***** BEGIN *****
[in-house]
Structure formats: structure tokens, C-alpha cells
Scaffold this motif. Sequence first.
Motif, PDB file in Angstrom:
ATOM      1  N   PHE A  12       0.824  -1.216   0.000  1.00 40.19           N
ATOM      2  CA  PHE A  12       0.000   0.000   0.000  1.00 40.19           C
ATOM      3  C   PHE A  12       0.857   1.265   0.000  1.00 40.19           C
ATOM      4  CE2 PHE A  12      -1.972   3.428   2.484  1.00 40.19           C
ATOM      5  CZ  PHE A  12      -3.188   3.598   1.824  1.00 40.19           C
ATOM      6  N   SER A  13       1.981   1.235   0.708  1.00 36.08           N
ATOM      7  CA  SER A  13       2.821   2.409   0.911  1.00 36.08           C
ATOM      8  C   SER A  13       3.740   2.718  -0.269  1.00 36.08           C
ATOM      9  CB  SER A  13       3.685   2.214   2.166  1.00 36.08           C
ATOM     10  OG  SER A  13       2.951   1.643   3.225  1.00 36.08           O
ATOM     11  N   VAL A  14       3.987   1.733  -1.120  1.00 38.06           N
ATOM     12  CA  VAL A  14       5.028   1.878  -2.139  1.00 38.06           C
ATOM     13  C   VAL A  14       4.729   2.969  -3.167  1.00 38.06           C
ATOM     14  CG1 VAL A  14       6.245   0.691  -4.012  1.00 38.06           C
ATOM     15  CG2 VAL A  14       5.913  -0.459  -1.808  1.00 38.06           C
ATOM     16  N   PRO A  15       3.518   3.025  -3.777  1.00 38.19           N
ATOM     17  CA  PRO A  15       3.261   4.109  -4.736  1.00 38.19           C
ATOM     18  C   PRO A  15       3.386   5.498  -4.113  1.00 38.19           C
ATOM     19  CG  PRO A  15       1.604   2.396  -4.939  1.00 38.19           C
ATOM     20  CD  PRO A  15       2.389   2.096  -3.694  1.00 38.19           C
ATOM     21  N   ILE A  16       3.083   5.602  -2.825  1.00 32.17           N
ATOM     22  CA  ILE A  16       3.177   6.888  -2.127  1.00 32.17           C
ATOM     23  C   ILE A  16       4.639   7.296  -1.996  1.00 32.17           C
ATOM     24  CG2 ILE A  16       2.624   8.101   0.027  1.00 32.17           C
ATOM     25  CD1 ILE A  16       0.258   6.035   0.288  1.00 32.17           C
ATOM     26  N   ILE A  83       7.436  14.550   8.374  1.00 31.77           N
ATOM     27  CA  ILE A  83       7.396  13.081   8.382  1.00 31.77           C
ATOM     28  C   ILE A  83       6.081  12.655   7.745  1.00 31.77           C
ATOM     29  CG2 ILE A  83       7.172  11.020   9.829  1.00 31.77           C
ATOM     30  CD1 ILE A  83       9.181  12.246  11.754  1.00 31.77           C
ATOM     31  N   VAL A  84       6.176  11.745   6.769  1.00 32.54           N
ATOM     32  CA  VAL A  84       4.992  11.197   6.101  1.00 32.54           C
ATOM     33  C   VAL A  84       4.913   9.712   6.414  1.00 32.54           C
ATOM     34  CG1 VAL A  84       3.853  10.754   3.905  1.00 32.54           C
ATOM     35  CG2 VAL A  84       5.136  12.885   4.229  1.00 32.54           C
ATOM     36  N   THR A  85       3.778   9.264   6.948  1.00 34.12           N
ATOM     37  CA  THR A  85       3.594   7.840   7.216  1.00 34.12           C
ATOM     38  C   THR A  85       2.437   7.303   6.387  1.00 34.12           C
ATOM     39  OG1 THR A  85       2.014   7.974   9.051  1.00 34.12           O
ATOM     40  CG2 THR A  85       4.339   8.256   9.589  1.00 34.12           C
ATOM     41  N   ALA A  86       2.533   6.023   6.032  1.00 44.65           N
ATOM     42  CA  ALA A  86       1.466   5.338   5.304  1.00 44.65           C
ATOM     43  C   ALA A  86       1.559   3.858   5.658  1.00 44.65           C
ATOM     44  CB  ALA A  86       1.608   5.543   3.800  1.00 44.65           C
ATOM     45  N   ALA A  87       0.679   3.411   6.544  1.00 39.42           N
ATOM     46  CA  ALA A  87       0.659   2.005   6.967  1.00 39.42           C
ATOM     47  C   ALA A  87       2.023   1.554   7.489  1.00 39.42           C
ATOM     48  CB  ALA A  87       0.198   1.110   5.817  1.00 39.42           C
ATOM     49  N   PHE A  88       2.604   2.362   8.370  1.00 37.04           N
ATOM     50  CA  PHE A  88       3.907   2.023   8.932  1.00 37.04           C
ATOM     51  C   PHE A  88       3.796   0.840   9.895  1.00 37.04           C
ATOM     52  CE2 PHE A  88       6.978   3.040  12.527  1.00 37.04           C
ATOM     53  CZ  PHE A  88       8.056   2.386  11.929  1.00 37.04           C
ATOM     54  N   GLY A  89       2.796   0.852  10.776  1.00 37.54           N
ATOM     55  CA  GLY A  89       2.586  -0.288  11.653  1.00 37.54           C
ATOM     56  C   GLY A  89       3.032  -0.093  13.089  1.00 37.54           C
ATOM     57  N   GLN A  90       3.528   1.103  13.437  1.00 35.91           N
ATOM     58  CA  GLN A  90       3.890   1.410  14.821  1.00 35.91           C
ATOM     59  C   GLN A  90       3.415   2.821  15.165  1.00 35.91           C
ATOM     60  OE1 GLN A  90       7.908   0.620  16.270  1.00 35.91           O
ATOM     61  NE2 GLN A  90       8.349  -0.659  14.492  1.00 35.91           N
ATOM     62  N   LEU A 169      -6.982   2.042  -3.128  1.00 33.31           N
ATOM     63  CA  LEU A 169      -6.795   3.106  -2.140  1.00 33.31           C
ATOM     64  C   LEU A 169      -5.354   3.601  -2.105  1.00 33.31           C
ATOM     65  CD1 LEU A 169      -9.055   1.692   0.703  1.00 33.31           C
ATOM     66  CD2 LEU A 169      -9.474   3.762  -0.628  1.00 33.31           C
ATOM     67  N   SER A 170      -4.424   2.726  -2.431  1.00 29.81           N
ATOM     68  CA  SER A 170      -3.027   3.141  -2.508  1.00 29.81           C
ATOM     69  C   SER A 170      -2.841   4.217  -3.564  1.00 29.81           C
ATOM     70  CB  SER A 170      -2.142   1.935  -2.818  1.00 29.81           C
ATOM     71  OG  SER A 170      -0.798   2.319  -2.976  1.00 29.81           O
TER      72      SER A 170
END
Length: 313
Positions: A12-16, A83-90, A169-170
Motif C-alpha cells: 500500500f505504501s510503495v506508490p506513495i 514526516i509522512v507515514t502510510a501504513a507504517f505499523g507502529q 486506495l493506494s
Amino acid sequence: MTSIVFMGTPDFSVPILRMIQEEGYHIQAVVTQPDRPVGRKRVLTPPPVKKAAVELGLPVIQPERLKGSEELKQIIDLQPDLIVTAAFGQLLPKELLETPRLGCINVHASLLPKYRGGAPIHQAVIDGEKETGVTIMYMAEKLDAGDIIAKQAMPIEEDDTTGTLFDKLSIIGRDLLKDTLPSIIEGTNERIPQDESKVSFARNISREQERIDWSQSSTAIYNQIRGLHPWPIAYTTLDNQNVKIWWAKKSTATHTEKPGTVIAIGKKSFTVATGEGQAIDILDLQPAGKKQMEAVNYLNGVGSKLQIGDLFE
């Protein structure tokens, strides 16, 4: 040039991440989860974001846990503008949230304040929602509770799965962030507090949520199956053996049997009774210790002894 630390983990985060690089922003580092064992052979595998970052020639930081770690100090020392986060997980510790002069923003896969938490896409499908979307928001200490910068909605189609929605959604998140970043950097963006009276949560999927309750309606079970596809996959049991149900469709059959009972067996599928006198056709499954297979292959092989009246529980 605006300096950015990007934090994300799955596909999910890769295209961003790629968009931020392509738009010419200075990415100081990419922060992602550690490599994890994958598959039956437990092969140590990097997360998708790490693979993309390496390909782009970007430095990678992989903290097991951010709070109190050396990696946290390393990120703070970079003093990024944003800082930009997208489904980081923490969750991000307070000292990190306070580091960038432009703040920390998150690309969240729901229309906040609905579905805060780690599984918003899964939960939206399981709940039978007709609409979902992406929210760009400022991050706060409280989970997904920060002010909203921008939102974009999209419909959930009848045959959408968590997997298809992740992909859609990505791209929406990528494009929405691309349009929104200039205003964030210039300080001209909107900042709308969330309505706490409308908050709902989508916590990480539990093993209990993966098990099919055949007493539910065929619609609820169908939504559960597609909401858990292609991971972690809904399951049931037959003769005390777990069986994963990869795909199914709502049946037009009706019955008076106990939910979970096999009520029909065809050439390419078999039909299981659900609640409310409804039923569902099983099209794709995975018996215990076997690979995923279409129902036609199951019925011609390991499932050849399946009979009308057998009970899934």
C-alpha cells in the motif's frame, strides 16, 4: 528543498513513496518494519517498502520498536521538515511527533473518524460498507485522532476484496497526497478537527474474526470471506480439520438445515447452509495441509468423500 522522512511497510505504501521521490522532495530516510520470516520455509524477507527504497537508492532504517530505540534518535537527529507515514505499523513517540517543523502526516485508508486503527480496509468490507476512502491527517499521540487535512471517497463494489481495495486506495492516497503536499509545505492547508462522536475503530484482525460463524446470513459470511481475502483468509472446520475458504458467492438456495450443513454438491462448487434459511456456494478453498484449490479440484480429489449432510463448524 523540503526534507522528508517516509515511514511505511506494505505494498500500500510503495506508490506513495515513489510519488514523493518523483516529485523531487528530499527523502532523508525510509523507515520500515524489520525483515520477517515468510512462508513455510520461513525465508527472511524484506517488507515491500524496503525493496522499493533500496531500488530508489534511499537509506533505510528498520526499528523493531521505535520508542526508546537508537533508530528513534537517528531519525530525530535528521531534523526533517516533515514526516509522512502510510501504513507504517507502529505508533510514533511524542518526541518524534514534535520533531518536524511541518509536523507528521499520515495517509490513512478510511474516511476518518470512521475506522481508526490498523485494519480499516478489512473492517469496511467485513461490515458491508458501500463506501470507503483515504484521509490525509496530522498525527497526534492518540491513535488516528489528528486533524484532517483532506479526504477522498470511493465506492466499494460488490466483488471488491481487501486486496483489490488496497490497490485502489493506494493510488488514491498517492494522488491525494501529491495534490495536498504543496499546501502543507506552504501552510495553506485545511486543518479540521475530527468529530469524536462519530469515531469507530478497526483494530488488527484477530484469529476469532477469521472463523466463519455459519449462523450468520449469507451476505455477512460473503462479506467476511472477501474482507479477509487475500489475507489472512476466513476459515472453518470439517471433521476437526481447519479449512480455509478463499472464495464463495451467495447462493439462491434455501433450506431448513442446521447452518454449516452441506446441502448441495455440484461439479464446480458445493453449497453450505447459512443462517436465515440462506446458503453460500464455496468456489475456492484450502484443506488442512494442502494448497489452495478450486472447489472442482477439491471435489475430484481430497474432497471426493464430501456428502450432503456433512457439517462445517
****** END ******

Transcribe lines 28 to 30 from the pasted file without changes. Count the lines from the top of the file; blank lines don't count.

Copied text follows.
ATOM     24  CG2 ILE A  16       2.624   8.101   0.027  1.00 32.17           C
ATOM     25  CD1 ILE A  16       0.258   6.035   0.288  1.00 32.17           C
ATOM     26  N   ILE A  83       7.436  14.550   8.374  1.00 31.77           N